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Election poll sees Macron ahead 90 days from vote - but is often wrong

The president is currently predicted to gain 55% or more in the second round. Historically though polls at this stage have frequently been incorrect

President Macron is predicted to gain around 25% of the vote in the first round, while Valérie Pécresse and Marine Le Pen are being given approximately 17% Pic: Alexandros Michailidis / Shutterstock

Several media have reported that President Emmanuel Macron is predicted to win April’s presidential election with 90 days to go before voters go to the polls. However, we look at how these polls are rarely right.

A survey carried out on 1,500 people by research company OpinionWay last week gave President Macron 25% of the vote in the first round, with Valérie Pécresse (for the right-wing Les Républicains) and Marine Le Pen (for the far-right Rassemblement national) both gaining 17%.

A second round between Mr Macron and Ms Pécresse would then see the president win 57% of the vote, according to the poll. 

In a second poll carried out by public opinion specialist Ipsos, 26% of the 1,500 respondents said they would vote for Mr Macron, 16% for Ms Pécresse and 17% for Ms Le Pen. In the second round, Macron was then predicted to gain 55% of the vote against Ms Pécresse and 58% against Ms Le Pen.

Market research agency Harris Interactive carried out a poll in the last week of December, which gave Mr Macron 24% of the first round vote, giving Ms Pécresse, Ms Le Pen and Éric Zemmour (Far Right) 16%. Again, it predicted that Mr Macron would win the second round. 

90-day polls are often wrong

In France 90-day polls have proved to be far from accurate on several occasions. 

Three months before the presidential election of 1965, polling and market research firm Institut français d’opinion publique (Ifop) predicted that Charles de Gaulle would be reelected with 68% of the vote. 

In reality he did not gain a majority in the first round, where his 45% of the vote was challenged by François Mitterand’s 32%. However, he did eventually win the election with 55% of the vote in the second round.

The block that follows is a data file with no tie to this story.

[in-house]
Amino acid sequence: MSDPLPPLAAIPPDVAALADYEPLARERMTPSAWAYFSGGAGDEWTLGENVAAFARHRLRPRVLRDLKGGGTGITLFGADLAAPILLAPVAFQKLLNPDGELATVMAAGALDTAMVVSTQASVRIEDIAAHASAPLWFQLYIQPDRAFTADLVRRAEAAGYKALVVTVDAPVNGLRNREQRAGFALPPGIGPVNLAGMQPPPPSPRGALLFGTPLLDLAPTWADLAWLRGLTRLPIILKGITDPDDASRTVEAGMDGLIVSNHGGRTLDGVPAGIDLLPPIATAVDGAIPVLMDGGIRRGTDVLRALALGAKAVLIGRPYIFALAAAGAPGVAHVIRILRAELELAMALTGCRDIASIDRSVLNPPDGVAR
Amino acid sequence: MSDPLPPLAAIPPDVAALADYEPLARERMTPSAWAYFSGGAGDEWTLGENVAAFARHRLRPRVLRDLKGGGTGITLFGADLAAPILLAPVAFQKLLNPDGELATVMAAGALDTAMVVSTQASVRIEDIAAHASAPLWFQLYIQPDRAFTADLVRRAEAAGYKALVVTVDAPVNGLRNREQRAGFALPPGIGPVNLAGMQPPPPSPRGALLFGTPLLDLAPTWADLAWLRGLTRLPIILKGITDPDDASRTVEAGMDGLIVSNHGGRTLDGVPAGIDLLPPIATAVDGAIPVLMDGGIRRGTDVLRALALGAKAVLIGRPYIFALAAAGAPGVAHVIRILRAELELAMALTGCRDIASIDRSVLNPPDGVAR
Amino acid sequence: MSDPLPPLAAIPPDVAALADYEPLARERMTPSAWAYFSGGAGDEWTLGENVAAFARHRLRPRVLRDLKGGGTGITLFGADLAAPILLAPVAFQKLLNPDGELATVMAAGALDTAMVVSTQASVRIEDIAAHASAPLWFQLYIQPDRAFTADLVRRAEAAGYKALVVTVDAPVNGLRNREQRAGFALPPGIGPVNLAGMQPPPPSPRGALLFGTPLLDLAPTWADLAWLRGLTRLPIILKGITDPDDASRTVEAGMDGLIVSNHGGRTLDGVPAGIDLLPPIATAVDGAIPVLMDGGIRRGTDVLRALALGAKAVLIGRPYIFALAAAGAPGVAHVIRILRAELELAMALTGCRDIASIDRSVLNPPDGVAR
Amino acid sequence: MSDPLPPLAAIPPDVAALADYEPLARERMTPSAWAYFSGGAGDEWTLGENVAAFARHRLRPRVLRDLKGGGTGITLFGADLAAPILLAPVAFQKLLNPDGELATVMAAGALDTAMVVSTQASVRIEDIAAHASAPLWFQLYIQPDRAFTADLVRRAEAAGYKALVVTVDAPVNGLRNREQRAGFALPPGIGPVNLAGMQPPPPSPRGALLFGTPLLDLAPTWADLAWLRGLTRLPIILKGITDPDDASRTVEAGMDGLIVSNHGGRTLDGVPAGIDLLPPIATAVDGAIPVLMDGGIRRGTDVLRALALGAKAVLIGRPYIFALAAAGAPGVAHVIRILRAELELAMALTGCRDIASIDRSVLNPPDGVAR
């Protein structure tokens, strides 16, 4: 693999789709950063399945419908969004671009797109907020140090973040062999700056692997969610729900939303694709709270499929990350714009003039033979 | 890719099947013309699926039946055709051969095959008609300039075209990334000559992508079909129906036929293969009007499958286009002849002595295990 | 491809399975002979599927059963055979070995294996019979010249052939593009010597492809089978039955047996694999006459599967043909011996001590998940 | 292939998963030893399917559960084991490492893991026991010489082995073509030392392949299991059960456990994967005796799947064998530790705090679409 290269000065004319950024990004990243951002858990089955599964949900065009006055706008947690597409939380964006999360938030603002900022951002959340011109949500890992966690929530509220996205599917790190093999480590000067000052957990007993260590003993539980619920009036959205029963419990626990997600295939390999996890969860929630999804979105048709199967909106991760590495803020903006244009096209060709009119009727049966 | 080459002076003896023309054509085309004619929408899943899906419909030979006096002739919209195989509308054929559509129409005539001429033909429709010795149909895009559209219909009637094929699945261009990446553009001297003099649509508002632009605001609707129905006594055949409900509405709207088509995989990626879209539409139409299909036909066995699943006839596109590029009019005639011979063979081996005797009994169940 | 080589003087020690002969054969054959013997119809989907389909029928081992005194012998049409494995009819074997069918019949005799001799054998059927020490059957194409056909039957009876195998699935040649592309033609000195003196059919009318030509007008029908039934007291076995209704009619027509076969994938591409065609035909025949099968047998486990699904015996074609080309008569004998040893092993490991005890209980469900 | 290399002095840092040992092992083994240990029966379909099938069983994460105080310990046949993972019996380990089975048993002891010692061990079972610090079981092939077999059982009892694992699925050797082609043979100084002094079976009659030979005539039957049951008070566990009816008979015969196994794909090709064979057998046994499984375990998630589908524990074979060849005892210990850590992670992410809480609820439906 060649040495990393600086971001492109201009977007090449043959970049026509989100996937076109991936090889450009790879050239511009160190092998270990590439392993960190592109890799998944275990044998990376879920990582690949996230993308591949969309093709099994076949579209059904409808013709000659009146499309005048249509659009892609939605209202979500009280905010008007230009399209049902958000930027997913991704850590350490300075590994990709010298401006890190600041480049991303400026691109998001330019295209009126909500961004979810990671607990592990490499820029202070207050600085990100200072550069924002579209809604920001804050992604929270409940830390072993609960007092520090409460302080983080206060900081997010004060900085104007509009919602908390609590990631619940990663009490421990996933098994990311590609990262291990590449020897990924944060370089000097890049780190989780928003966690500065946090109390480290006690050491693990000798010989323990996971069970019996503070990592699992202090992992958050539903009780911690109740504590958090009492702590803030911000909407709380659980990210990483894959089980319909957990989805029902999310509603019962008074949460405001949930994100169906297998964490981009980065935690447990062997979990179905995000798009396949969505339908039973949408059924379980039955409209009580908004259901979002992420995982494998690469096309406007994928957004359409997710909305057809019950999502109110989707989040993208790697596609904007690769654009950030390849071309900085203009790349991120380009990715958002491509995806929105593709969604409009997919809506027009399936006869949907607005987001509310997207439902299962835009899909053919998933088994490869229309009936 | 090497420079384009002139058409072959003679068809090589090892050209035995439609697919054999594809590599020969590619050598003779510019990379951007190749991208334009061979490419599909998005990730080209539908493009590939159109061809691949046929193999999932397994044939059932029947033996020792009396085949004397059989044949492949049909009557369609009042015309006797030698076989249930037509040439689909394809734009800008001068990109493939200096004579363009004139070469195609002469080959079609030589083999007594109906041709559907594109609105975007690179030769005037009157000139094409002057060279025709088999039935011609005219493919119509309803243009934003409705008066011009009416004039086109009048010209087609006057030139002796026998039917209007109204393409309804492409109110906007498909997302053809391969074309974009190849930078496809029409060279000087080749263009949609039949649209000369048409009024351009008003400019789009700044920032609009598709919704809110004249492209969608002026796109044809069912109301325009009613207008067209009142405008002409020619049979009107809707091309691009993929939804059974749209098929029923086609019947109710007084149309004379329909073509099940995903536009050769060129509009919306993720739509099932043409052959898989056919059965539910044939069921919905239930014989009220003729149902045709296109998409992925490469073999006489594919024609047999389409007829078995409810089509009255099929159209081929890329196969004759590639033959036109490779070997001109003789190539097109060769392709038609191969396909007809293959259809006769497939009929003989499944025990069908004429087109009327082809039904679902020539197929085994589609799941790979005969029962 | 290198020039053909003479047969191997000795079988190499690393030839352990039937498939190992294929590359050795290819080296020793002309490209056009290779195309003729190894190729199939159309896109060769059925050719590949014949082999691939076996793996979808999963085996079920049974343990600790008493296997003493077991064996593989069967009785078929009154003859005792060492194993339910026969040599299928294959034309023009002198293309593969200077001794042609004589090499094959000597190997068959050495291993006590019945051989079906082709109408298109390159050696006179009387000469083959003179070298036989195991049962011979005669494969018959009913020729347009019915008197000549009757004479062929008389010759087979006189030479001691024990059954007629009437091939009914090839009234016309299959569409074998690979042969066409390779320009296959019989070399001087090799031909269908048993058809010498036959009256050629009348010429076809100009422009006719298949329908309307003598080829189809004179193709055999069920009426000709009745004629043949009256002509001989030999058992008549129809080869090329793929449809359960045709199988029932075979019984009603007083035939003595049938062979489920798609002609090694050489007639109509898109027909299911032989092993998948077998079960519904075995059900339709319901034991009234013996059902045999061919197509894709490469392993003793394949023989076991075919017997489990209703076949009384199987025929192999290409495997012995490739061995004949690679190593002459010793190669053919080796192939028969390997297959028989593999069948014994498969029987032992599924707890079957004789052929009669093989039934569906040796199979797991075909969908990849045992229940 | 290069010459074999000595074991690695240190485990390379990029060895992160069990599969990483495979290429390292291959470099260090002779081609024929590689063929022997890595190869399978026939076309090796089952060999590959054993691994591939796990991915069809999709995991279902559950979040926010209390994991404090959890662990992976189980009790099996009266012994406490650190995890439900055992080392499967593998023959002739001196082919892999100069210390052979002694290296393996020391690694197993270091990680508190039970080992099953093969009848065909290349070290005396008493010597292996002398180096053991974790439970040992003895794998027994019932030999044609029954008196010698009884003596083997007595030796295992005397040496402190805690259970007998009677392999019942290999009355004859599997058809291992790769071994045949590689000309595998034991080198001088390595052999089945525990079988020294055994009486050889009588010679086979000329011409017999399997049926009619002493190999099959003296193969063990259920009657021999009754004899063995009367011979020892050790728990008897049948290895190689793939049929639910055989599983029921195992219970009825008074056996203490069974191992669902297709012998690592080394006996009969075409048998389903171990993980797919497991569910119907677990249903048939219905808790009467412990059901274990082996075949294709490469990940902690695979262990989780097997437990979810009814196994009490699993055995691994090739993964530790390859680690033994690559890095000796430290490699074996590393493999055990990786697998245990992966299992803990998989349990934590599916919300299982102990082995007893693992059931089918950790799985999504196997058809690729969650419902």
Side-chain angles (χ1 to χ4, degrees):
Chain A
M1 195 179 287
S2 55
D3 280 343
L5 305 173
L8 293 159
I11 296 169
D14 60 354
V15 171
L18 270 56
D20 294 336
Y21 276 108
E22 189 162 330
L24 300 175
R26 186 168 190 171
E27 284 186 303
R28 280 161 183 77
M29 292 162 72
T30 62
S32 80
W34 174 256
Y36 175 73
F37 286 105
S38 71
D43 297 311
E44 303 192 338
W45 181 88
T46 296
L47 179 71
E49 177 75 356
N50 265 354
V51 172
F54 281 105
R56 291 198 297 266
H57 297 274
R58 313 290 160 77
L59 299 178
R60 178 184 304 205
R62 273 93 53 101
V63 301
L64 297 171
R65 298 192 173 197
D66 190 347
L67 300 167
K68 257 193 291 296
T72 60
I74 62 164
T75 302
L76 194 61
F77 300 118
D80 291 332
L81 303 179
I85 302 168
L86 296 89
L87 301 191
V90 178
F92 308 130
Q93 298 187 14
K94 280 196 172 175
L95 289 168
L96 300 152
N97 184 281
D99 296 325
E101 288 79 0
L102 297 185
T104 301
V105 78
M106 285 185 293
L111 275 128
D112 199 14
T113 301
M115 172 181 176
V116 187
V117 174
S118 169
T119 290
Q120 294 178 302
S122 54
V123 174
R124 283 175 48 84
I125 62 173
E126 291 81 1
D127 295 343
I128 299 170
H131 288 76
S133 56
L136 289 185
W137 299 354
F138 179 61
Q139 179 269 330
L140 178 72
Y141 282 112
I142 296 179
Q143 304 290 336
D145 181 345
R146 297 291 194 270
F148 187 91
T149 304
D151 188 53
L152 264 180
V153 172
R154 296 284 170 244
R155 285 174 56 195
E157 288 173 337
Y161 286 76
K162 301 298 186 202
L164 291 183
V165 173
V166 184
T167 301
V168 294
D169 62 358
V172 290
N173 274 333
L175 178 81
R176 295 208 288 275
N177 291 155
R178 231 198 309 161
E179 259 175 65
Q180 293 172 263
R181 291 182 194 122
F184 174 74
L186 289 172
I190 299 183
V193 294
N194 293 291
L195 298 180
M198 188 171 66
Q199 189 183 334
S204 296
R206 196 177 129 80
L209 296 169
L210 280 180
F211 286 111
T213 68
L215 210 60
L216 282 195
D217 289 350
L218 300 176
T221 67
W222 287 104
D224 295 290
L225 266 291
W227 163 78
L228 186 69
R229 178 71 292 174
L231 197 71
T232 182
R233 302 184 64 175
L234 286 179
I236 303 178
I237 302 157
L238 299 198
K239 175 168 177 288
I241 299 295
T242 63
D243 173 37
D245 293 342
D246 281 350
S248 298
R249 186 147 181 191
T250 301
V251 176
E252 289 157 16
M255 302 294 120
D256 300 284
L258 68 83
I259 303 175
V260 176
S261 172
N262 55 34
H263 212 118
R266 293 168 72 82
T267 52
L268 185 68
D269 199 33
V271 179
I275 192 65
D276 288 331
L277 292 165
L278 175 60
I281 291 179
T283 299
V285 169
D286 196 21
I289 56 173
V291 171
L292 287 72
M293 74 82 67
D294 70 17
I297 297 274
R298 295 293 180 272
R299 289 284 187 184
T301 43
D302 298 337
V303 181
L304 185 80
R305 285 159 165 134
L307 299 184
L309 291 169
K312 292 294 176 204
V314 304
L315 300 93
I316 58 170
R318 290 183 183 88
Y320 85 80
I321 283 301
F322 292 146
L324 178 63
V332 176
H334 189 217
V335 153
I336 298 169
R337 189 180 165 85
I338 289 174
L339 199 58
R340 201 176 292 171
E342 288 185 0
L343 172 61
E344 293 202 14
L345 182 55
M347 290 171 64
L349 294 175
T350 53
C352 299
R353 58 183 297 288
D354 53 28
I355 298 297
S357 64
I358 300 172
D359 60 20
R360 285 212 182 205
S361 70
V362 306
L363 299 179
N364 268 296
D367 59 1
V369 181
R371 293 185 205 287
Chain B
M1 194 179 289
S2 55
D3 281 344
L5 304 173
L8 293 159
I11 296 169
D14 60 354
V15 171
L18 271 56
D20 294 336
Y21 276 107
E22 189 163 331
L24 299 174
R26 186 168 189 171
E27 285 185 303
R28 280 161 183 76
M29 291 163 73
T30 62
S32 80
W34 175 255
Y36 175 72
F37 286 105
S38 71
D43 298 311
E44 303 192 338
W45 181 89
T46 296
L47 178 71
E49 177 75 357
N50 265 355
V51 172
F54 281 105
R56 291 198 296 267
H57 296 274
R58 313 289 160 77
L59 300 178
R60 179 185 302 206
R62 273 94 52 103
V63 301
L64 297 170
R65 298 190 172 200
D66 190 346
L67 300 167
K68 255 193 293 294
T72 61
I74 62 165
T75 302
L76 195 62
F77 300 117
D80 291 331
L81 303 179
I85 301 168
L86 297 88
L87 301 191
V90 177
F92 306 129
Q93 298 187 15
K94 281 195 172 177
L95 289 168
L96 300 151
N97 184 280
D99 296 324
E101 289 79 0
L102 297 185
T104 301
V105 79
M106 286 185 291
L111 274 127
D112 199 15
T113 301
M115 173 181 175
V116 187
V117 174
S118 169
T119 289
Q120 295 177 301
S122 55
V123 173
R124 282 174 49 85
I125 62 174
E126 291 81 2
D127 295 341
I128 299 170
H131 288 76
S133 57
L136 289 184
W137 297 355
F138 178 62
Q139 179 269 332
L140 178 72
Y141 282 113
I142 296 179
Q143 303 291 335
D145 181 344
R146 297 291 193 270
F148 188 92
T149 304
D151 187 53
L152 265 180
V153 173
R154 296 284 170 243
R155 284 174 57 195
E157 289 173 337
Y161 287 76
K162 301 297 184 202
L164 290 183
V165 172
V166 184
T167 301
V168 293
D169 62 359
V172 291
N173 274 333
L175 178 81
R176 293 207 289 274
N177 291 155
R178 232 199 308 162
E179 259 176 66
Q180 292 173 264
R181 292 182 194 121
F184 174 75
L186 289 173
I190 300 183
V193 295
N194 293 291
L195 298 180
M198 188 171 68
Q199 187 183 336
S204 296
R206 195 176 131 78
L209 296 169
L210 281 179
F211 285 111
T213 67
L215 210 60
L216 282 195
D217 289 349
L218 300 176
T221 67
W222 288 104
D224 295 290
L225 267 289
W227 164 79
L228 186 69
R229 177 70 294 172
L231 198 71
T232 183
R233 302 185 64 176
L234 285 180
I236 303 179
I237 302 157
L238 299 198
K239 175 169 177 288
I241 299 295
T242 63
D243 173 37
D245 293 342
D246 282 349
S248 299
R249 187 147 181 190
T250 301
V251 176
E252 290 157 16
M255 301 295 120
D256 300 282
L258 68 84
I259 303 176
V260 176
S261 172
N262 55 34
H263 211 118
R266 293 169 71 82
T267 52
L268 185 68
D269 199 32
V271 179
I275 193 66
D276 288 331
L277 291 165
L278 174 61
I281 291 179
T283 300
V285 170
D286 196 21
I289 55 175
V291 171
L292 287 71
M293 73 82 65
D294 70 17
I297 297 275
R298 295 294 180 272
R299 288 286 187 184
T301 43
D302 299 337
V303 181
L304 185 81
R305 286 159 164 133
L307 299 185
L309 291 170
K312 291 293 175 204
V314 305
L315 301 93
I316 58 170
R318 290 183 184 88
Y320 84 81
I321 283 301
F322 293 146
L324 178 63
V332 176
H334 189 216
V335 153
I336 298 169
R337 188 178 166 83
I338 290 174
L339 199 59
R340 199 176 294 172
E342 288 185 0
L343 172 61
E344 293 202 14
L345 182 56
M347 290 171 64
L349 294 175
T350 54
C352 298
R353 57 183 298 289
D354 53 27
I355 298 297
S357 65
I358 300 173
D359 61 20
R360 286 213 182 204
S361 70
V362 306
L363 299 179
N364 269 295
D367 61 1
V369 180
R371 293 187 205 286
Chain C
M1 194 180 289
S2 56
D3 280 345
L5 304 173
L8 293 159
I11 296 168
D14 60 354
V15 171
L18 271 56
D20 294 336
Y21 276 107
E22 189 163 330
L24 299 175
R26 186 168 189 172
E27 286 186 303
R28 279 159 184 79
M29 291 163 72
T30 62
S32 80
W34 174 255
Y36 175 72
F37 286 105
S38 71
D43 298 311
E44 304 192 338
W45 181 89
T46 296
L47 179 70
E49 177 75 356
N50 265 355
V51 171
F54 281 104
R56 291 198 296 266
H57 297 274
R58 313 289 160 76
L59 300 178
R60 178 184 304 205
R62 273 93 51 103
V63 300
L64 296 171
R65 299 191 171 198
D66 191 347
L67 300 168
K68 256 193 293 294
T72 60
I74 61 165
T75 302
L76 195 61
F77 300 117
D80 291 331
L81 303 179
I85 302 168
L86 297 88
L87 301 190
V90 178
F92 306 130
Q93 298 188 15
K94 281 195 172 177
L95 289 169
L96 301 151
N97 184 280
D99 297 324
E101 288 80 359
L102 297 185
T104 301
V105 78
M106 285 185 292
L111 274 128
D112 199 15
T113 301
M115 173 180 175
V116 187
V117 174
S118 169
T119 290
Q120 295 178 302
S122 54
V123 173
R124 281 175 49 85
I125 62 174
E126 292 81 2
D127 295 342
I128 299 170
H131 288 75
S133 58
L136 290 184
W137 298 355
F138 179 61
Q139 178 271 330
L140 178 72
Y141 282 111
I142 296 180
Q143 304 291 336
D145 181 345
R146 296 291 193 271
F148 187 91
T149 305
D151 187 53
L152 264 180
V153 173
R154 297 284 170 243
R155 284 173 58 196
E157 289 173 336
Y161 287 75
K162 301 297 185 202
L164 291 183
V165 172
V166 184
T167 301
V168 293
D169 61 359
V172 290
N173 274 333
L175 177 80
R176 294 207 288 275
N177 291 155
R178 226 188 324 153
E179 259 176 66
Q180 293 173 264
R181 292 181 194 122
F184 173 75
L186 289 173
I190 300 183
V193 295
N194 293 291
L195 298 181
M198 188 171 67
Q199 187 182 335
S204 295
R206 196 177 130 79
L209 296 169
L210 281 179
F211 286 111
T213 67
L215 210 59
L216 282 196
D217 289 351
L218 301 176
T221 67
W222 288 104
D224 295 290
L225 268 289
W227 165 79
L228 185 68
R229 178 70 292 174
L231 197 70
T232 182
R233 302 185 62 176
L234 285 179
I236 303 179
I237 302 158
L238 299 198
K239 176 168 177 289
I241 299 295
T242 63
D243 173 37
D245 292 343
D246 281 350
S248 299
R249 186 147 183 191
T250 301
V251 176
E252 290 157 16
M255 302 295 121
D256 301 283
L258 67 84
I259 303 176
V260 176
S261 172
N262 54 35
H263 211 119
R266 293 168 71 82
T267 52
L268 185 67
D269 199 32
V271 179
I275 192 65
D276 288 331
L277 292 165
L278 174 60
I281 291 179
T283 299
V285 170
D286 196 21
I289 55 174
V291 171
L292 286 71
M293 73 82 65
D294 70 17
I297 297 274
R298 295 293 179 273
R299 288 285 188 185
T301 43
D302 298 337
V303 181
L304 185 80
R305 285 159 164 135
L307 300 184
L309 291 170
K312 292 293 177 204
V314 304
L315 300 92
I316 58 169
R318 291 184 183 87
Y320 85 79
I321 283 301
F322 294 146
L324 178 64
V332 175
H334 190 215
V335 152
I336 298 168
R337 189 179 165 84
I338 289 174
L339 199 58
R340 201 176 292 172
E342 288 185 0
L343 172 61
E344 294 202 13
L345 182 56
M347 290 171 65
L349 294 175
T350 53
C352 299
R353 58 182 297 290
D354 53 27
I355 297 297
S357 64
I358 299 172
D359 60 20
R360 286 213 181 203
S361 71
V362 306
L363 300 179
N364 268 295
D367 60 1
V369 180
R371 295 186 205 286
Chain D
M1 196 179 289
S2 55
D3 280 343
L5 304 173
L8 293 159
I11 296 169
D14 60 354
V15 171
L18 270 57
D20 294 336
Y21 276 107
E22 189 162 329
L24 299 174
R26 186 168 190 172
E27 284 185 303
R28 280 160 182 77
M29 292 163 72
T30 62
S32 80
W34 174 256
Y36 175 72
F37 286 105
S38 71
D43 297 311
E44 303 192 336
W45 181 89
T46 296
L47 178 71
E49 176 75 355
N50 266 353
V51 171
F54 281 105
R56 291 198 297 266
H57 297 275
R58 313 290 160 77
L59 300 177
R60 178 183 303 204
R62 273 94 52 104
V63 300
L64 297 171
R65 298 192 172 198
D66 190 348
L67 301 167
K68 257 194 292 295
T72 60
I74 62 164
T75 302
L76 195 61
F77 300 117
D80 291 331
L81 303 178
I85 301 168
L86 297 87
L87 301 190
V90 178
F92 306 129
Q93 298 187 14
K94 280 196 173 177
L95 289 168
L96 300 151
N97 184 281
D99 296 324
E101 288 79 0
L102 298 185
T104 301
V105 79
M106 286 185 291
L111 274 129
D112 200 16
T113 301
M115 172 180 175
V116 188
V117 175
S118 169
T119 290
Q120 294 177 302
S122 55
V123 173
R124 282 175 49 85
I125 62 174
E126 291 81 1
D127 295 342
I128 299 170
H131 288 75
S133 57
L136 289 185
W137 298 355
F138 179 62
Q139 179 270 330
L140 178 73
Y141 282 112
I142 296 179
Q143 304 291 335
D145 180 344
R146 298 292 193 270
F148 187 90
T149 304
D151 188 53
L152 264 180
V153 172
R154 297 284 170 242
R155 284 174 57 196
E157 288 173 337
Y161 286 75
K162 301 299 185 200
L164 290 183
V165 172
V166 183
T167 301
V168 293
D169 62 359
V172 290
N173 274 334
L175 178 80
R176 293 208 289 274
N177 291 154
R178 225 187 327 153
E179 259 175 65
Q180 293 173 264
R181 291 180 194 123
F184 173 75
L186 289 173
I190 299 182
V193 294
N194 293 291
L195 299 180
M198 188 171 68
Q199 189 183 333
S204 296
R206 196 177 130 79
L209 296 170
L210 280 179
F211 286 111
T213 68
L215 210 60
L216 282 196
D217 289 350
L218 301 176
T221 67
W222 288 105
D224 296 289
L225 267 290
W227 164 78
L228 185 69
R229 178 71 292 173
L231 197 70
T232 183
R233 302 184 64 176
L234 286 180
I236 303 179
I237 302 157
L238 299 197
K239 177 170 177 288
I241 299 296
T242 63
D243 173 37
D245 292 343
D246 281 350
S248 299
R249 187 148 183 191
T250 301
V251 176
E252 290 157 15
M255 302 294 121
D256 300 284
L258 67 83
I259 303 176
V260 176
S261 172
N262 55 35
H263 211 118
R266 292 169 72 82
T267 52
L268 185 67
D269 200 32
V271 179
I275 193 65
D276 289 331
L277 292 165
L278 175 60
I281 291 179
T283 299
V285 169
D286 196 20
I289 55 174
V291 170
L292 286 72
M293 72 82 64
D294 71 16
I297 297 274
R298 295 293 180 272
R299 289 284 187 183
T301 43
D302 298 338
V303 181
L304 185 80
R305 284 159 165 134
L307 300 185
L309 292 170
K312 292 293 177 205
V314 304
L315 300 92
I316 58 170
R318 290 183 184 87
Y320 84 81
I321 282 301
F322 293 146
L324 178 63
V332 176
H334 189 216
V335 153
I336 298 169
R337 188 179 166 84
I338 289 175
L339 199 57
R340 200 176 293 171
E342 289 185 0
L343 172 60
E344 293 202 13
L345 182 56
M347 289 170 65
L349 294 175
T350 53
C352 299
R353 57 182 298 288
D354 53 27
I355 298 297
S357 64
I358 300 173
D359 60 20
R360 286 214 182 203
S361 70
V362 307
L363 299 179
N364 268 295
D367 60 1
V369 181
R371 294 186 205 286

In 1988, opinion polls suggested that Mitterand would be fighting it out against Raymond Barre, but in the end it was Jacques Chirac who made it to the second round.

In 2002, the polls predicted that Chirac would be in close competition with Lionel Jospin, and Jean-Marie Le Pen of the then Front national was accorded 8% of the vote.

However, on April 21, Le Pen unexpectedly gained 17% of the vote compared to Chirac’s 20%, and qualified for the second round run-off.

Ouest France boycotts opinion polls over concerns for democracy 

France’s biggest regional newspaper group Ouest France announced in October that it will not be publishing the results of any polls ahead of the election in April. 

Editor-in-chief François-Xavier Lefranc said: “Why consult citizens when it is so easy to wait for the polls? Why go to the trouble of building a political manifesto when, for a few thousand euros, the polls will tell you what people expect of you? Why bother debating with political militants to appoint a candidate when the polls can take care of it?

“At every election, there is a desire to know the result before the French people have voted” for it, he commented, adding that by concentrating on polls politicians forget about “the most important things: meeting citizens, having meaningful exchanges, debating ideas, listening to what normal people are living every day, to their worries, their hopes.

“Democracy is fragile. The multiplication of discourses which are populist, hateful and extremist should however keep us on our guard.

“It is not by consulting ‘representative panels’ that politics will regain its strength, it is by consulting one and all.”

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